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3. Development Issues

3.1 Direct execution of Linux ELF binaries

Rather than running Linux binaries with the lxrun front-end, it is possible to turn lxrun into a program interpreter,* - the Linux runtime linker. The path of the interpreter is actually embedded in every dynamic linked ELF executable - for standard UnixWare / OpenServer ELF it is /usr/lib/, and for Linux it is /lib/ (or, for executables linked with GNU libc v2).

The direct execution of Linux binaries in this manner is in the latest development releases of lxrun. At the time of this writing, support for this model of execution is available on UnixWare platforms only. SCO OpenServer places some rather strict limitations on what a program interpreter can be. Overcoming these restrictions is a current development topic.

The following discourse, from Mike Davidson ( the author of lxrun, details some of the issues involved in the direct execution model:

"It's actually quite simple to build a version of lxrun which can be used as the initial program interpreter for Linux binaries. There are, however, a couple of problems:

I think that there is a way round this, but I haven't had time to try it out yet. Essentially it looks something like this: I realise that this all sounds hideously complicated, but all of the alternatives that I can think of are worse in some way.

At first I thought that we could avoid this by just porting a version of the Linux runtime linker to run native on UNIX, but this looks like it may be more trouble than it is worth - while the Linux runtime linker is quite well written it has to deal with some rather unpleasant limitations in the GNU tools - in particular it looks as if GNU ld doesn't support the equivalent of our -Bsymbolic option which makes writing the startup code for a runtime linker almost impossible (in fact the Linux runtime linker startup routine is just one massive function that uses nothing but local variables and which does all of it's system calls with chunks of inline assembler)."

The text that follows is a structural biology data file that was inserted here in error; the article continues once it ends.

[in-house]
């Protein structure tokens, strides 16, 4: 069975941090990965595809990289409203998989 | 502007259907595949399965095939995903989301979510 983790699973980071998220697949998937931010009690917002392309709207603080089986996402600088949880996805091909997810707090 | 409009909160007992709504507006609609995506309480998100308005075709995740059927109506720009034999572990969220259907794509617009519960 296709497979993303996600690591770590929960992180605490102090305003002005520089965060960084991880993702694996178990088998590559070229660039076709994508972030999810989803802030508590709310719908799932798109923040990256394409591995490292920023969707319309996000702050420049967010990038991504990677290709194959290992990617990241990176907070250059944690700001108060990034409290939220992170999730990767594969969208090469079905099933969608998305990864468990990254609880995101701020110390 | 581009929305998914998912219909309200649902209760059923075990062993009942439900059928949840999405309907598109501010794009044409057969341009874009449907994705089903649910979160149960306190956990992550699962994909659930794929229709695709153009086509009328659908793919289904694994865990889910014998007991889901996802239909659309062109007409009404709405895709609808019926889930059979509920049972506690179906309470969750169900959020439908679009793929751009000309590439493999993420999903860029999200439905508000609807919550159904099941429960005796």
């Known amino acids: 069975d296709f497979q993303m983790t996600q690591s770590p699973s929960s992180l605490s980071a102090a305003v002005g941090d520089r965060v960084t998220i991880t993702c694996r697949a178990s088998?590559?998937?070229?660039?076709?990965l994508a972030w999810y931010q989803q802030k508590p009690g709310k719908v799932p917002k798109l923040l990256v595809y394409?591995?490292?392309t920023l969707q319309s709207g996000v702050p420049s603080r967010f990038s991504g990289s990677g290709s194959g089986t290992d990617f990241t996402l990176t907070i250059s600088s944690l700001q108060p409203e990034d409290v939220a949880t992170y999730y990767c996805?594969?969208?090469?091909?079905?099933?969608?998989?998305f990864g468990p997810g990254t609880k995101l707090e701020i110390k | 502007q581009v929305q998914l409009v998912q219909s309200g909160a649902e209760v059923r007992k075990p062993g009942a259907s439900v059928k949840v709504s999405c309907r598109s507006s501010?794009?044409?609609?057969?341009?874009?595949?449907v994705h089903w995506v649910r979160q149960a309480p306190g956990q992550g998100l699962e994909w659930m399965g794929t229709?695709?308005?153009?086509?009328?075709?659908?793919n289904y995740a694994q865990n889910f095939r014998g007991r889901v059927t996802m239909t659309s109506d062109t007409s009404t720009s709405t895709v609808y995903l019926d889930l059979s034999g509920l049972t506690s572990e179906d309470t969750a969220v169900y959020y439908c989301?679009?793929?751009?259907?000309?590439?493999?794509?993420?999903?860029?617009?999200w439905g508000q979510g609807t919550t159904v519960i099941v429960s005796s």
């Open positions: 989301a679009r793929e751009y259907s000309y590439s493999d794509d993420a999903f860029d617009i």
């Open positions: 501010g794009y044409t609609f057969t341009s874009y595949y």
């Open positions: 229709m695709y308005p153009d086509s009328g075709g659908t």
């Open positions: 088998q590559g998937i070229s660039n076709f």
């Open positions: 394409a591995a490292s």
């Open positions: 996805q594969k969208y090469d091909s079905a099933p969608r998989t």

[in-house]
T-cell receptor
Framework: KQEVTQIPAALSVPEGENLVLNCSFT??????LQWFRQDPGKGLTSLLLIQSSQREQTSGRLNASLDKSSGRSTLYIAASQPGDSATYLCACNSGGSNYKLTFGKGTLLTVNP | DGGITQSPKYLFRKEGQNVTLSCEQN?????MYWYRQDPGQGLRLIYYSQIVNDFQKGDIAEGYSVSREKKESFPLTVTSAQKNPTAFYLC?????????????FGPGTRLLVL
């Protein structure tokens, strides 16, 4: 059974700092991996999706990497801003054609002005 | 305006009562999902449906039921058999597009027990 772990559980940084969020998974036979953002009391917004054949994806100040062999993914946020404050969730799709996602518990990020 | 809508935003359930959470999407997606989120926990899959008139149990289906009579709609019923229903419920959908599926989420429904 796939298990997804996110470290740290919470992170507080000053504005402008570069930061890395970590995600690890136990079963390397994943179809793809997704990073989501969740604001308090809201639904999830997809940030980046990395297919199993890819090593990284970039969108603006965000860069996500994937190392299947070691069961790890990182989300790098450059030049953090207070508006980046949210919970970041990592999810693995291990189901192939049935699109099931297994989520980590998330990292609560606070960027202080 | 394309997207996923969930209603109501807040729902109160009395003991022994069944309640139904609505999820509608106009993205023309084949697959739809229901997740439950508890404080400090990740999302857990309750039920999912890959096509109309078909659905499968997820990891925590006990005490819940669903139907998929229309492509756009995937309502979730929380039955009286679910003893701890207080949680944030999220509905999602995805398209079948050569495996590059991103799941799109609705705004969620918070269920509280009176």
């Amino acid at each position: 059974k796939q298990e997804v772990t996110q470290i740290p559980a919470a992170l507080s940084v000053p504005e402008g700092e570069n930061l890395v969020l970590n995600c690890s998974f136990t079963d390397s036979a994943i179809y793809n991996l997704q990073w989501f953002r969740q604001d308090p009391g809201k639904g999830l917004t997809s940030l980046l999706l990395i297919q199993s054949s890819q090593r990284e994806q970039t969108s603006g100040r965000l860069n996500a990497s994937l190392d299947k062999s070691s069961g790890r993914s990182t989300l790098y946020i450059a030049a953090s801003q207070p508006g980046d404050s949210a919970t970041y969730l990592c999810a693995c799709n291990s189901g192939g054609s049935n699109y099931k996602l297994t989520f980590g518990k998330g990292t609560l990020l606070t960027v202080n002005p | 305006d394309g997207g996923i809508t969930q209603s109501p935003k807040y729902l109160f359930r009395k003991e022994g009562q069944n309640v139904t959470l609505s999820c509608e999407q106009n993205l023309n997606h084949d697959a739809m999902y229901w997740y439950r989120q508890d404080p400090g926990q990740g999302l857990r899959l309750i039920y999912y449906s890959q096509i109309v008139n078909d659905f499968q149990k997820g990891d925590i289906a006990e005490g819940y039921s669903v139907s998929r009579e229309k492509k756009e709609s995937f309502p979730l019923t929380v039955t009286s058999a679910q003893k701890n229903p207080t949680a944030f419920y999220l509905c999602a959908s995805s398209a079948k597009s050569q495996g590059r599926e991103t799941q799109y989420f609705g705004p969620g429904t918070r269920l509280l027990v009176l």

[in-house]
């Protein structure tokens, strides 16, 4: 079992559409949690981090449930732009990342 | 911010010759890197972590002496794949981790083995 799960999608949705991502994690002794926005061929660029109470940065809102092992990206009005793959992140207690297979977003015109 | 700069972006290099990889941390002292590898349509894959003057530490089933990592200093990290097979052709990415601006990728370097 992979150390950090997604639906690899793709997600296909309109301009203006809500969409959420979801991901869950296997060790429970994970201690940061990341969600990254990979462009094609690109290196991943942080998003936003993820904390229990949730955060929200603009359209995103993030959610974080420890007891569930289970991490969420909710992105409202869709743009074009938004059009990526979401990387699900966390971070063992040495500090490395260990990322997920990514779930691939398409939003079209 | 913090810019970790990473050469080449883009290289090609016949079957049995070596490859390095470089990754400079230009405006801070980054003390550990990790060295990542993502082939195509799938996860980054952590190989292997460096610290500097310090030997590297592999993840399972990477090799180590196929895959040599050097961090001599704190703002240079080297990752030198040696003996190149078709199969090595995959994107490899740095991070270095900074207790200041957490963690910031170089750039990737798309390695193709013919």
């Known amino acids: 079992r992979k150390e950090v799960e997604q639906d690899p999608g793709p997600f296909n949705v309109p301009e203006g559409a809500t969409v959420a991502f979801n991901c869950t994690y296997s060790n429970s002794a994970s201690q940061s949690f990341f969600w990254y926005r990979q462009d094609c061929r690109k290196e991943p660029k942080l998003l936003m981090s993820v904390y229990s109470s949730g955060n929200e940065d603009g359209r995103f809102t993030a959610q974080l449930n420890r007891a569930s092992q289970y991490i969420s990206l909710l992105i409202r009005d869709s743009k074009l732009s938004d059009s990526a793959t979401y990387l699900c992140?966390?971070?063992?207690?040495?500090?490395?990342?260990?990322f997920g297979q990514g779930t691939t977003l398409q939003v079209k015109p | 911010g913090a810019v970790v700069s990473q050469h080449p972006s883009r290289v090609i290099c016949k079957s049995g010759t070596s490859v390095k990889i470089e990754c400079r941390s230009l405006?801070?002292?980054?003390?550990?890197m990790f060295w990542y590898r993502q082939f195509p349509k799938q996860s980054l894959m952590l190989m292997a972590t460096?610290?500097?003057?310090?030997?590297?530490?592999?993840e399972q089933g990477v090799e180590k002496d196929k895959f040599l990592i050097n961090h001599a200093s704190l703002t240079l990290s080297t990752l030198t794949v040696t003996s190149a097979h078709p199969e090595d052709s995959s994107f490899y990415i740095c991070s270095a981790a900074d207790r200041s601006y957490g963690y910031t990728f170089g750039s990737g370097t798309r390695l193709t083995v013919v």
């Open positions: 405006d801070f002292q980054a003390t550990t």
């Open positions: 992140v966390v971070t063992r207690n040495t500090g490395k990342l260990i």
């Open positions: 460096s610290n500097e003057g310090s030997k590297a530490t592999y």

3.2 SIGSEGV vs. software interrupt kernel module

Consideration was given to implementing a software interrupt kernel module rather than relying on the "int $0x80" segmentation violation. Rather than sacrifice the elegance and portability of a "non-kernel" Linux emulation strategy, Mike Davidson has suggested that:

This probably isn't really necessary. Assuming that we are really only interested in Linux ELF (and not Linux a.out) we can use the dynamic linker to "preload" the Linux runtime compatibility library in such a way that almost all of the system calls will be intercepted and handled directly by the compatibility library without ever going down to an actual "int $0x80" instruction.

3.3 Performance enhancements

Thus far, performance has not been an issue as very little negative impact has been detected. The main cost of running a Linux application under lxrun is the overhead of catching the segmentation violation (int $0x80), fixing up the structures/errors/returns, and mapping the system call. Since much of what lxrun does is done in the normal course of executing a system call natively, the SIGSEGV intercept is the main overhead.

In order to avoid catching SIGSEGV for every system call, current lxrun development plans on implementing a "pre-load" of the "Linux runtime compatibility library" (see the previous subsection). With the direct execution of Linux ELF binaries described above, it is possible to pre-load this library on startup. That is, the binary has already been identified as a Linux ELF binary since it is attempting to load /lib/ This "fake" program interpreter knows it will have to map system calls so, rather than waiting for the SIGSEGV to trigger the mapping, the program interpreter can "pre-map". Thus, system calls made by the Linux ELF binary under the control of such a program interpreter would not cause general protection traps. In this scenario, nearly all of the performance overhead of running Linux binaries with lxrun is eliminated.

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